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Products > Petrea volubilis
Petrea volubilis - Queen's Wreath

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Habit and Cultural Information
Category: Vine
Family: Verbenaceae (Vervains)
Origin: Central America (North America)
Evergreen: Yes
Flower Color: Violet
Bloomtime: Summer
Height: Climbing (Vine)
Width: Spreading
Exposure: Full Sun
Irrigation (H2O Info): Medium Water Needs
Winter Hardiness: 25-30 F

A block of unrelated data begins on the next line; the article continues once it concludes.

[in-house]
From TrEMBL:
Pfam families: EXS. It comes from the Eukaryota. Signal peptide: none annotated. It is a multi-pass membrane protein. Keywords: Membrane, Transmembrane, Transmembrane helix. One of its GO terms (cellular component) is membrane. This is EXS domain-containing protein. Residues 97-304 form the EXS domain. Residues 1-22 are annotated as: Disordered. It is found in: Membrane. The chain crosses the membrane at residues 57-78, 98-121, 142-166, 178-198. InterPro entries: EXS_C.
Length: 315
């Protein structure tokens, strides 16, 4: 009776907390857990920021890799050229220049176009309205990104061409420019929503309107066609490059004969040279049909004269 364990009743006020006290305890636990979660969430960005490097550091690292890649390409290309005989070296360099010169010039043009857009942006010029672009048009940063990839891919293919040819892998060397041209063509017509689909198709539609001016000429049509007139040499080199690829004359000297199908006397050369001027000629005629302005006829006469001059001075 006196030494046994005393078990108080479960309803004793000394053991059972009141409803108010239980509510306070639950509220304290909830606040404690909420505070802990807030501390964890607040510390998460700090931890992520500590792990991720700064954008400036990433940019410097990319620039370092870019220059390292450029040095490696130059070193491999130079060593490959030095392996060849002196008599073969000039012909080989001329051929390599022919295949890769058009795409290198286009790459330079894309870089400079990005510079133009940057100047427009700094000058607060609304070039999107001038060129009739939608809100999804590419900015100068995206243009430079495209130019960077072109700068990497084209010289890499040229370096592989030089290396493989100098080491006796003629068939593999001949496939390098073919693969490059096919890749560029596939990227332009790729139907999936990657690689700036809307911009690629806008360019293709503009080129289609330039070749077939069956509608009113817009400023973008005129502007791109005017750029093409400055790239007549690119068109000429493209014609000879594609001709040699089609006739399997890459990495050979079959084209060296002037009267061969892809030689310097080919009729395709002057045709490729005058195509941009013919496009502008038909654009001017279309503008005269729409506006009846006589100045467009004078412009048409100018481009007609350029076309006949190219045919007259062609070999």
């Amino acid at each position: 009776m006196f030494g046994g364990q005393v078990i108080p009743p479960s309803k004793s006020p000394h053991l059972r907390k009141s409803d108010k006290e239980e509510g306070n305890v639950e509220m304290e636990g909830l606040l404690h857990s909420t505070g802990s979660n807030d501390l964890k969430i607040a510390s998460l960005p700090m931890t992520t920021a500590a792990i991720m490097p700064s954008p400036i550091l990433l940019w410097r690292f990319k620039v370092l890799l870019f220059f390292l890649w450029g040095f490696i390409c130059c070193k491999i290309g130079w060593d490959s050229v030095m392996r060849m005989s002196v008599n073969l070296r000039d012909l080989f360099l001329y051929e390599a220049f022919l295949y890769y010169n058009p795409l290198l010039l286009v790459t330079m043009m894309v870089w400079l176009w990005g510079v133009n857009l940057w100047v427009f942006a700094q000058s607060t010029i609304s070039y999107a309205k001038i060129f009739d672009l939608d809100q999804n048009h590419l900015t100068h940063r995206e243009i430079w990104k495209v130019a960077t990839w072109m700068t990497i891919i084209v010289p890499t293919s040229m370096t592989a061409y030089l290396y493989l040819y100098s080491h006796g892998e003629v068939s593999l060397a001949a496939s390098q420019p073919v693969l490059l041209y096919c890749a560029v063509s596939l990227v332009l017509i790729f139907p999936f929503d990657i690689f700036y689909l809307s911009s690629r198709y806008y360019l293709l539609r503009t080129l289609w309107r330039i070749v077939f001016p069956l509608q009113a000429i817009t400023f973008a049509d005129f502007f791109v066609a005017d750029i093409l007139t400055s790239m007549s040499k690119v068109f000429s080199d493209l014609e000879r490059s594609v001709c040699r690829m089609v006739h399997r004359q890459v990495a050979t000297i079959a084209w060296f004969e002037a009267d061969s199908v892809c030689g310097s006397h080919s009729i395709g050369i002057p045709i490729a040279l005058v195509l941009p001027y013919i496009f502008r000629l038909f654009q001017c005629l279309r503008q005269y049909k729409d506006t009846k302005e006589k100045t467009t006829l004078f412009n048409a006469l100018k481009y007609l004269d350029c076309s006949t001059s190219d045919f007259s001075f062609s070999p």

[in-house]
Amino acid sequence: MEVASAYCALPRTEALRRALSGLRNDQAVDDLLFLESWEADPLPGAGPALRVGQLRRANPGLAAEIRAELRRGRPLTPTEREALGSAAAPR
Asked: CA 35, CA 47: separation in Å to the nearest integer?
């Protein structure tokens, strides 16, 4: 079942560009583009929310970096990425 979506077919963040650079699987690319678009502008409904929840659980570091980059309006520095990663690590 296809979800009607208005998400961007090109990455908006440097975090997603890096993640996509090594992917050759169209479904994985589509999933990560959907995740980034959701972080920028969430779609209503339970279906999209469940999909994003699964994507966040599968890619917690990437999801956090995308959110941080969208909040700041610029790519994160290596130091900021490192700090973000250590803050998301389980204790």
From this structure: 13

Petrea volubilis (Queen's Wreath) - An evergreen clambering and twining vine that in Central America can grow to great heights with support (25-40 feet) but in cultivation is more often seen as a espalier subject or a smaller vine though plants to 20 feet have been noted in Southern California. It has long elliptic shaped leaves to 8 inches long that are dark green above and lighter below and rough to the touch like sandpaper. Several times a year (spring through early summer and again fall into winter) appear the 1 foot long terminal raceme of flowers, resembling that of wisteria. The tubular blue flowers only last a few days but the larger and more showy bluish purple calyces remain, fading first to blue and finally to a pale gray color. The dark green foliage, with its gritty texture, acts as a foil to the pale calyces, so that the floral display appears as pale stars on a dark background. The flowers are attractive to bees, butterflies and hummingbirds and useful in flower arrangements but cut only at the base of the raceme as the flowers wilt if part of the woody vine is left attached. Plant this beautiful vine in full sun or light shade in a well-drained soil and give regular irrigation throughout the warmer months of the year. This tropical vine from is native to Southern Mexico, Central America, northern South America and the Caribbean and does best when planted in near frost free gardens, although the plant in the nursery garden withstood the hard freeze of 1990, with temperatures in the high teens F and did not drop any leaves on the three nights at 25 F in 2007. There is also a beautiful plant that billows over a 6 foot tall fence in the garden of a home just down the street from the nursery that looks outrageous when in full bloom. This plant was named by Linnaeus to honor of the young Lord Robert James Petre (1713 - 1742) of Ingatestone Hall in Essex, a patron of botany. The specific epithet is from the Lation word 'volubil' meaning "turning", "circling" or "spinning" in reference to the twining method this vine uses to climb. Queen's Wreath is the most often used common name for this unusual vine, but it is also called Purple Wreath and Sandpaper Vine. The first names are in reference to the flowers and the later to the rough surface of the leaves.  The information on this page is based on research conducted in our nursery library and from online sources as well as from observations made of this plant as it grows in our nursery, in the nursery's garden and in other gardens that we have visited. We have also incorporated comments received from others and always appreciate getting feedback of any kind from those who have some additional information, particularly if this information is contrary to what we have written or includes additional cultural tips that would aid others in growing  Petrea volubilis.